Inflation driving food insecurity during the holiday season season

Record-high inflation may result in the season of giving taking on new significance this year.

More people are living on the margins and without giving some may struggle to get food on the table.

Experts say food insecurity has been increasing along with inflation.

Boy Scouts of America held its Scouting for Food Drive Saturday.

Groups were unloading bags of non-perishable items at the Food Bank of Contra Costa and Solano as part of their annual effort to help feed those in need during the holiday season.

"We know there are a lot of families in need this year. Inflation has been really difficult for a lot of our families," said Karl Meyer, a father of two Scouts. "Even in our scouting families, some of them are struggling and this is a great way for all of our young people who are boys and girls to get out and provide service to our community." 

9-year-old Julia Meyer was one of the Scouts who handed out door hangers and flyers about a week ago, then collected the goods Saturday morning.

"It makes me feel happy to help people because it’s just kind of fun," said Meyer.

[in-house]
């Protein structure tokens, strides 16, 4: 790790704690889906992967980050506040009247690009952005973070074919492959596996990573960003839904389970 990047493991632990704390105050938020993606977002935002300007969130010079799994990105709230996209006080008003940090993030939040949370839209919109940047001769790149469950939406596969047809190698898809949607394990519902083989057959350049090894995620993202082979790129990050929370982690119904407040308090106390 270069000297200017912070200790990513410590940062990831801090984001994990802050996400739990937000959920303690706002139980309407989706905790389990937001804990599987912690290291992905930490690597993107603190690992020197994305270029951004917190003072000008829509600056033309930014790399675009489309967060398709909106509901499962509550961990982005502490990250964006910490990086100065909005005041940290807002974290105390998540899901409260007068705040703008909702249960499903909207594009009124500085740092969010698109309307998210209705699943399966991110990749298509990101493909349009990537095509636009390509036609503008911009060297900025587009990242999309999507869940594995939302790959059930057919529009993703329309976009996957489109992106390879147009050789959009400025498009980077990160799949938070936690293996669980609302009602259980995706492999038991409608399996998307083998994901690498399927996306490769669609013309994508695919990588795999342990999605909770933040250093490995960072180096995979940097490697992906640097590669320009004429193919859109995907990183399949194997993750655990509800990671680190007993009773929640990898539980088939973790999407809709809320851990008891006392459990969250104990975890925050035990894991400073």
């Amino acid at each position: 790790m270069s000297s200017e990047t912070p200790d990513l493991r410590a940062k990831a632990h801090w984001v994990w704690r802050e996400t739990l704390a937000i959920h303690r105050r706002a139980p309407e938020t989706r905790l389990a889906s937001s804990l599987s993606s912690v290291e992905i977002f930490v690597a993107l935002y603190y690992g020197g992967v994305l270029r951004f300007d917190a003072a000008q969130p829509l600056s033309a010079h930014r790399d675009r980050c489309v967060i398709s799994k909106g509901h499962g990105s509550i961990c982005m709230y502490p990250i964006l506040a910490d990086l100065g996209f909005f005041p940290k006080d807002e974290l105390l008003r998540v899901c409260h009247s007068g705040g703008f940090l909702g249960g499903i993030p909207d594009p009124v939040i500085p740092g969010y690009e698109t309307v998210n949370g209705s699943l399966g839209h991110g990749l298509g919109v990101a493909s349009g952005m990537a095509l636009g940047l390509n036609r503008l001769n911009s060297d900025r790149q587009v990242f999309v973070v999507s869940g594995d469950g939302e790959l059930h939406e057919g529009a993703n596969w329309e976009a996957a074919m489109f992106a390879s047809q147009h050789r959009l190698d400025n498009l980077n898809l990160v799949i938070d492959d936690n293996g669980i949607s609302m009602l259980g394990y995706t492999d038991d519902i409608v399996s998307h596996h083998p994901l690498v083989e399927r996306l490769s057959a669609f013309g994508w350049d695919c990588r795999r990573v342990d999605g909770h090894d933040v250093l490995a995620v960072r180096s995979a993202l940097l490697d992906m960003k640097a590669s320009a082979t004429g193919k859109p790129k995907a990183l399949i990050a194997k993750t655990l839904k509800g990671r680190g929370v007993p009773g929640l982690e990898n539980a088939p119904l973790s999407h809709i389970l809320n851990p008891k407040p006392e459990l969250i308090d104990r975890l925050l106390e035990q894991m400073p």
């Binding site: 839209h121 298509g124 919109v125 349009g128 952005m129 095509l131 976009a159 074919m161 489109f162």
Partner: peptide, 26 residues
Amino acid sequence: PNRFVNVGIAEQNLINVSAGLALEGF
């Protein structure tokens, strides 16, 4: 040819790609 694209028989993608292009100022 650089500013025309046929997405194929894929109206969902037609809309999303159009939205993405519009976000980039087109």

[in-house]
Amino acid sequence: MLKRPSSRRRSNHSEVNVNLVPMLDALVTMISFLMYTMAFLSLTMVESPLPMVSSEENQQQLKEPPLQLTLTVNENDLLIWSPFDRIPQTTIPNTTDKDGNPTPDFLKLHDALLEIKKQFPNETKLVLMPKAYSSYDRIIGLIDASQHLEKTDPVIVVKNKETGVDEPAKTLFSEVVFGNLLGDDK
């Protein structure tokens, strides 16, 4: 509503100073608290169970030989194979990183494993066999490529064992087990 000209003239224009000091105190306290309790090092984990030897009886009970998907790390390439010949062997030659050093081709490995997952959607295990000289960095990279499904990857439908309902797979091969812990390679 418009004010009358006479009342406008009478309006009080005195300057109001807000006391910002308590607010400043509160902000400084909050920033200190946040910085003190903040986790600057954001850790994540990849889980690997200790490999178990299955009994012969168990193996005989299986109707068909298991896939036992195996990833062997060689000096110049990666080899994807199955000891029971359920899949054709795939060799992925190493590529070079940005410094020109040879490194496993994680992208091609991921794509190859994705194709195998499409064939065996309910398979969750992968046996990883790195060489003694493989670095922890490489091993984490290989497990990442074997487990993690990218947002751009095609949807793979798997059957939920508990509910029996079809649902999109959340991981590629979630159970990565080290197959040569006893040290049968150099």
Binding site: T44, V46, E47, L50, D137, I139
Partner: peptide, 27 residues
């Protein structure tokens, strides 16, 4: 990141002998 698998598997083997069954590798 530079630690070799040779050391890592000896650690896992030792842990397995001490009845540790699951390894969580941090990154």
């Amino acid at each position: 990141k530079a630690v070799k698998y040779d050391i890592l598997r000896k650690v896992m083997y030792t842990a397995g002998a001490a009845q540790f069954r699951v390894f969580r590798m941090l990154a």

She’s one of many helping at a time when experts say increasing numbers of people are food insecure.  Scout leaders say this year inflation is biting everyone.

"Some places that weren’t able to give that wanted to and that’s how we can see even in some affluent neighborhoods as well, people wanted to give but couldn’t," said Monica Holland with Boy Scouts of America.  "It shows that inflation is reaching areas that we never thought it would probably reach."  

Volunteers with White Pony Express (WPE) in Pleasant Hill were organizing bags of perishable food that might otherwise have been thrown out.  The non-profit is a food rescue organization that aims to eliminate poverty and hunger.

"I believe that before Covid 1 in 5 of our neighbors were hungry and food insecure and I think we all know that since Covid that number has gone up," said Eve Birge, Executive Director of White Pony Express.  "Now with inflation that number is going to get higher."  

Inflation is disproportionately impacting those who can least afford it.

By working with companies, groceries stores, and others, WPE is helping keep food out of landfills.

They say in Contra Costa County about 40% of the food produced is wasted.

"White Pony Express comes in we rescue that food and make sure it gets to the people that need it," said Birge.  "If we can save just 1/3 of the 40% of food that’s going to waste, we eliminate hunger."